TRAILS: The park has five hiking trails and one aquatic trail. Lakeshore Trail is a 6.3-mile hiking trail that loops around the lake and the Holliday Lake 4-H Educational Center, passing through a hardwood forest, wetlands and managed pine plantation. Saunders Creek Trail provides access from the campground to the picnic area and is .1-mile in length. Dogwood Ridge Trail is a .7-mile loop that starts across from the campground. Northridge Trail is .4-miles and provides a ridge top walk from the picnic area to the northern end of Holliday Lake and hooks up with the Lakeshore Trail. The Sunfish Aquatic Trail is a self-guided water adventure that requires a boat and free trail brochure. A brochure map and numbered stop's provide information about the lake and environment as you paddle or peddle around its edges. The trailhead for Carter Taylor Trailis next to the amphitheater. This trail is a 12-mile loop in the Appomattox-Buckingham State Forest for hikers, bicycle riders and horseback riders.
Boat Rentals: (1st weekend April through last weekend September, weather permitting). Weekends only prior to Memorial Day and after Labor Day, 9 a.m.-4 p.m.; Daily Memorial Day-Labor Day 10 a.m.-5 p.m.; (half day and full day rentals available): rowboats, canoes, paddleboats and sit-on-top kayaks.
PARKS CALENDAR OF EVENTS: Click here to view park events, festivals, workshops and interpretive programs.
NATURE, HISTORY PROGRAMS: Click here to view park events, festivals, workshops and interpretive programs. Canoe tours, conducted hikes, campfire programs, environmental programs, specialty workshops.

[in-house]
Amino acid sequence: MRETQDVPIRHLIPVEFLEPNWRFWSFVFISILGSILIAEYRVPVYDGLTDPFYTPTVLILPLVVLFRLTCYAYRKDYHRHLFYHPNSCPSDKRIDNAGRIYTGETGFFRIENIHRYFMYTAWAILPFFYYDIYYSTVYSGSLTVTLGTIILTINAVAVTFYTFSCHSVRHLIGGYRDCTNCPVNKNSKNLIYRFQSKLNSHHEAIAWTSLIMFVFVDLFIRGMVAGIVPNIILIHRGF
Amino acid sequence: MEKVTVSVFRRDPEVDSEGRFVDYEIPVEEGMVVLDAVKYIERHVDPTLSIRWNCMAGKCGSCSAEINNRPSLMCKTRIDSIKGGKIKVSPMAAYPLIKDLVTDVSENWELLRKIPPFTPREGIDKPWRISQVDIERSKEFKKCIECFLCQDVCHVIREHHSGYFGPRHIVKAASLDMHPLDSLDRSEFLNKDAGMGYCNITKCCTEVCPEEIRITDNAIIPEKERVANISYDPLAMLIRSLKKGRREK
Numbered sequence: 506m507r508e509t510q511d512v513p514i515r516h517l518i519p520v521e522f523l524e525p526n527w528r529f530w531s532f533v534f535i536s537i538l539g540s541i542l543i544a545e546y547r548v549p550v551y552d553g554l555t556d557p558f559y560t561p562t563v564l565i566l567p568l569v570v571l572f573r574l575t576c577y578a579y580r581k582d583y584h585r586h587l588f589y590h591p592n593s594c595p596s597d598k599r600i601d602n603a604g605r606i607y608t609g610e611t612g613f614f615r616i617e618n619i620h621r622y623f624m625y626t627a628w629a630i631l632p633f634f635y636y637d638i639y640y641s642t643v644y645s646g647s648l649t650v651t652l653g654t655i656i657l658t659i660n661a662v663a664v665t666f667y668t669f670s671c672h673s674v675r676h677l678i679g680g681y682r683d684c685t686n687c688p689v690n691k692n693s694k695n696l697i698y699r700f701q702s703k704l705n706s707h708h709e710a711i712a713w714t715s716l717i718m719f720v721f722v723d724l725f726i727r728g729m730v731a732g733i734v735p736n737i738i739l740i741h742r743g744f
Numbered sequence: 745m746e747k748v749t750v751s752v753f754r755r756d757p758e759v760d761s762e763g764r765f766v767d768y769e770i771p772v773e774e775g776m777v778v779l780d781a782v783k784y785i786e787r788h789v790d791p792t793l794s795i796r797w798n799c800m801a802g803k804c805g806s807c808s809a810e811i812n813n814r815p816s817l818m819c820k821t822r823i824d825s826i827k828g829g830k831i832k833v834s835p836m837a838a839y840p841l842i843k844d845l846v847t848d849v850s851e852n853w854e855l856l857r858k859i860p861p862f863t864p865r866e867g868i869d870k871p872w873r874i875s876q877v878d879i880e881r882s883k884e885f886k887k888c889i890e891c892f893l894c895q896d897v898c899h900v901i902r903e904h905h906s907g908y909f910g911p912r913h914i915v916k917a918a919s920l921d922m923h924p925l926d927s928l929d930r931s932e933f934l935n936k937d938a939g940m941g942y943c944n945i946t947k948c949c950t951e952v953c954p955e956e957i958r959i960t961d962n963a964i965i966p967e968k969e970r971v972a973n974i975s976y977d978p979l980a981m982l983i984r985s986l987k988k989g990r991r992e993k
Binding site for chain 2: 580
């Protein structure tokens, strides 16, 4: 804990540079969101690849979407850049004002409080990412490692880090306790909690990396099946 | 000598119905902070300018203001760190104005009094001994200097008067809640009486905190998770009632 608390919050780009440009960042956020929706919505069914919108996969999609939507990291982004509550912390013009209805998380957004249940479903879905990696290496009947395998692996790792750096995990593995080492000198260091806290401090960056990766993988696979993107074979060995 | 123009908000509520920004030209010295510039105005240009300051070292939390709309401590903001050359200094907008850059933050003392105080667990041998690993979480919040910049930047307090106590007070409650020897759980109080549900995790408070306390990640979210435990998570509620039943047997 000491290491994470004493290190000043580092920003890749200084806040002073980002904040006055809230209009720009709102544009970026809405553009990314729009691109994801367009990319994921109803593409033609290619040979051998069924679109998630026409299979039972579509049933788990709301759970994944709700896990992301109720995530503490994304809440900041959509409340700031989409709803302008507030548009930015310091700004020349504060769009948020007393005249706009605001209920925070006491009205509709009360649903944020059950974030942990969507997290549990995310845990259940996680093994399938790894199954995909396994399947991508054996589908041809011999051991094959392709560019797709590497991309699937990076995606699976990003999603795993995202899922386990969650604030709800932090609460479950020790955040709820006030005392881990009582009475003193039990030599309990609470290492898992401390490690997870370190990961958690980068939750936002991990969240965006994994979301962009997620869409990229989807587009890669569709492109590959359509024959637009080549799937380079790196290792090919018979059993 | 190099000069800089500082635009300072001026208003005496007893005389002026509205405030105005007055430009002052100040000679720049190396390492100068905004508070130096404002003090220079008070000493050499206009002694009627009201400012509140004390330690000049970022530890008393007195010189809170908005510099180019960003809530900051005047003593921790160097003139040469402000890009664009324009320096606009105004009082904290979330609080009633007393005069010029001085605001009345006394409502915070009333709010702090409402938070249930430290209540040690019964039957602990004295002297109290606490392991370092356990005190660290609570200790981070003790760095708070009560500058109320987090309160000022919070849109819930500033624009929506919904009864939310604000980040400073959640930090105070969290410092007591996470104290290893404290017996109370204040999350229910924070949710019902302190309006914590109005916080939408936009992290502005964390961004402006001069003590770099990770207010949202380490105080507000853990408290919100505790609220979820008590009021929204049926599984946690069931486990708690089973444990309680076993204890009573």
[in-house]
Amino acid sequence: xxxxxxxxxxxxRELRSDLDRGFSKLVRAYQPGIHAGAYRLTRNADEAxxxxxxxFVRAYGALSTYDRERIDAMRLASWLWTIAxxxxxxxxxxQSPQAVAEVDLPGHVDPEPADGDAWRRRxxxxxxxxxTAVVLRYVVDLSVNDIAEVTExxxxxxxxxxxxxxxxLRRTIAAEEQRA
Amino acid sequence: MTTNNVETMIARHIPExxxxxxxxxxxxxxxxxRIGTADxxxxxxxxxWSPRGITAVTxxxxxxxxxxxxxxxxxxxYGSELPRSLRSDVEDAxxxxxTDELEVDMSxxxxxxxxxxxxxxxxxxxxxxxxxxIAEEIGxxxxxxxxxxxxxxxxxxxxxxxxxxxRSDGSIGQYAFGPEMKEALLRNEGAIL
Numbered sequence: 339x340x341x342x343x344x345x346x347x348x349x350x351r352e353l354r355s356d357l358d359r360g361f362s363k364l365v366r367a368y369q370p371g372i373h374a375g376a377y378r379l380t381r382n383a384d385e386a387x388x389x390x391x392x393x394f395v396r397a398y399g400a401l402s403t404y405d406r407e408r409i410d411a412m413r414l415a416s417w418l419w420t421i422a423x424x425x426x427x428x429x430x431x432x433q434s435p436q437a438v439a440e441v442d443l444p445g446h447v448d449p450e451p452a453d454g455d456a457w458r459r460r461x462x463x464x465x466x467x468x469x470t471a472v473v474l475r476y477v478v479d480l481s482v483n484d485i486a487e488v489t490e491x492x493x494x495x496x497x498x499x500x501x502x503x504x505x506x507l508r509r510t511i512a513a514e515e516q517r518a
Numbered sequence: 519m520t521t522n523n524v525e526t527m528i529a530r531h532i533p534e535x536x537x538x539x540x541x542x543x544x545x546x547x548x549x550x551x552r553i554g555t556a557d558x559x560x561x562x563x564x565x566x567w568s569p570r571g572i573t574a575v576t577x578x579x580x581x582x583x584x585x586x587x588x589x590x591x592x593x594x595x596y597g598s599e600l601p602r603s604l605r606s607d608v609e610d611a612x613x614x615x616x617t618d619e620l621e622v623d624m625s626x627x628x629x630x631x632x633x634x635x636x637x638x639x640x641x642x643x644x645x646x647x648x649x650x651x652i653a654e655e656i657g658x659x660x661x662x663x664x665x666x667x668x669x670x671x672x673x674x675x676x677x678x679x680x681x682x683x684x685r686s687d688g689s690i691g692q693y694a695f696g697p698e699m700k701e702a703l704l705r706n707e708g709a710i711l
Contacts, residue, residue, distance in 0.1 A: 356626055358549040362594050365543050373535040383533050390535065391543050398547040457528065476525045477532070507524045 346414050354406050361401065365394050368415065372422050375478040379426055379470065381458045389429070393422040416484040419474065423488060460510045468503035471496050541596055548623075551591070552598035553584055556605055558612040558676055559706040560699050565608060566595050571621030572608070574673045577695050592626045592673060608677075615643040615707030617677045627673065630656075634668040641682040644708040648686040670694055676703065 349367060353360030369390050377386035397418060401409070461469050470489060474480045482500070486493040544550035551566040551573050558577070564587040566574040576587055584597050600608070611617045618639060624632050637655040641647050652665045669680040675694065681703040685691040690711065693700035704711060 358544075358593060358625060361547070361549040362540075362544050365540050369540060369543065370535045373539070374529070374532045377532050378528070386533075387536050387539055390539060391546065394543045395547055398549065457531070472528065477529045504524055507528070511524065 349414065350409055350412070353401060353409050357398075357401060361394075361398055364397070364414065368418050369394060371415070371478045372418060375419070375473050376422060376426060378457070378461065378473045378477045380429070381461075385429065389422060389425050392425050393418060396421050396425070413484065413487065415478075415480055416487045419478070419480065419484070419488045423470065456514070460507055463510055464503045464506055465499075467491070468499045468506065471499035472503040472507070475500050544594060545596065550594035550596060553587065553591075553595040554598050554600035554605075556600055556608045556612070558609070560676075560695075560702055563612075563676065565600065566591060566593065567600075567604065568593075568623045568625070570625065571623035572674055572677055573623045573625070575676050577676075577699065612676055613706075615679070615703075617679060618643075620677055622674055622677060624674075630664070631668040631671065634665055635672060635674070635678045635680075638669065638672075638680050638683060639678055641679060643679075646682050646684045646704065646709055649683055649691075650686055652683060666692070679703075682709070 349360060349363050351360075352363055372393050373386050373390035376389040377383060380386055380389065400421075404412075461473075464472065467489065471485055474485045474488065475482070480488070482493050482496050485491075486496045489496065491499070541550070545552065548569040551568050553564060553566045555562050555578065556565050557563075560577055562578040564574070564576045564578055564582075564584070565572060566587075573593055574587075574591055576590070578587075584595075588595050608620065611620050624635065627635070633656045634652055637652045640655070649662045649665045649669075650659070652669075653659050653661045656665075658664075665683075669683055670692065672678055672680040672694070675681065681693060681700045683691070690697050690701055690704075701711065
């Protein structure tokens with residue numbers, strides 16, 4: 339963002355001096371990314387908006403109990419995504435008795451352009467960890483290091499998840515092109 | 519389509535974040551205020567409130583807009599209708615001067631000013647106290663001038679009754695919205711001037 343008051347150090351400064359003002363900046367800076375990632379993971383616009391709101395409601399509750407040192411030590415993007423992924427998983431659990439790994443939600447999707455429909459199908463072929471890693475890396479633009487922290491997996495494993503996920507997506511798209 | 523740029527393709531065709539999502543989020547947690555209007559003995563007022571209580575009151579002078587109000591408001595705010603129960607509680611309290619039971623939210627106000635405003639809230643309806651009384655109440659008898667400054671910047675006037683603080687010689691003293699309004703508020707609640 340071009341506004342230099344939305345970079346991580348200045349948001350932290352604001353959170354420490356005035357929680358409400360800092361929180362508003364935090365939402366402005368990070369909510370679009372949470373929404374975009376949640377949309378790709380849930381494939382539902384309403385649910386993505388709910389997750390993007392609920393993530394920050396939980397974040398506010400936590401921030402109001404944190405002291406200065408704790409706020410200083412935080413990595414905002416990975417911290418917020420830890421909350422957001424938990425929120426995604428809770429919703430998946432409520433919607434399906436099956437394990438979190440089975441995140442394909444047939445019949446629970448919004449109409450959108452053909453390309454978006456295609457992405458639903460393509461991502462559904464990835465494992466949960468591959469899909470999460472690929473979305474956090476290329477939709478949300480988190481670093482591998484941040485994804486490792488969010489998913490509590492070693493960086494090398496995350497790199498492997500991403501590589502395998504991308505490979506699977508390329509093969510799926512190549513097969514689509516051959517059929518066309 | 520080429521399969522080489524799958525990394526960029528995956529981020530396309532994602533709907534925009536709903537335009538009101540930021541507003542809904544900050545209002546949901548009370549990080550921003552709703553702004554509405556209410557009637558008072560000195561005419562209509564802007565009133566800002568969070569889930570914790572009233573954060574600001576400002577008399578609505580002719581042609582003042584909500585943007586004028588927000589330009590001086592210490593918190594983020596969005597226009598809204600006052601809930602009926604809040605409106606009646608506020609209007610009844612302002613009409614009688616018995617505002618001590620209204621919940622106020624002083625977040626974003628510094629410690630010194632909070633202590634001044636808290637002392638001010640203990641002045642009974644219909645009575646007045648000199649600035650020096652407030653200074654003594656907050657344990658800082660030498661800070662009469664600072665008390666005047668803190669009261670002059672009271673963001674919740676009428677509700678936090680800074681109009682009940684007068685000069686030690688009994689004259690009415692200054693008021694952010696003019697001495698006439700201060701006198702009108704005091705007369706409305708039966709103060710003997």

PICNIC SHELTERS: The park offers lakeside picnicking near the swimming beach. Picnic facilities include tables, drinking water, grills and restrooms. Picnic shelters are available by reservation by calling the Reservation Center (1-800-933-PARK). Small shelters only.
Two shelters are available for rent. Parking and swimming fees are not included in shelter rental. Click here for park fees. Shelters can be rented from 8 a.m. to dark (all day).
Cancellation policy: No refund within 14 days before reserved date. Before then, there's a cancellation fee.
Amenities: Both shelters have grill, picnic tables and access to restroom.
HISTORY: The area encompassing Holliday Lake State Park and the surrounding state forest was cleared in the 1800s for farmland. In the 1930s the federal government, through the Resettlement Administration, began buying the farms to return the land to its former productive hardwood forest state. Construction of a dam was begun at Fish Pond Creek, then relocated to Holliday Creek where a lake could be developed. Traces of family cemeteries can still be found in the area. After Holliday Lake was completed in 1938, the Commonwealth of Virginia, through an agreement with the U.S. Department of Agriculture, took over the management of the new day-use recreational area. In 1972, with the addition of campgrounds, the area became a state park.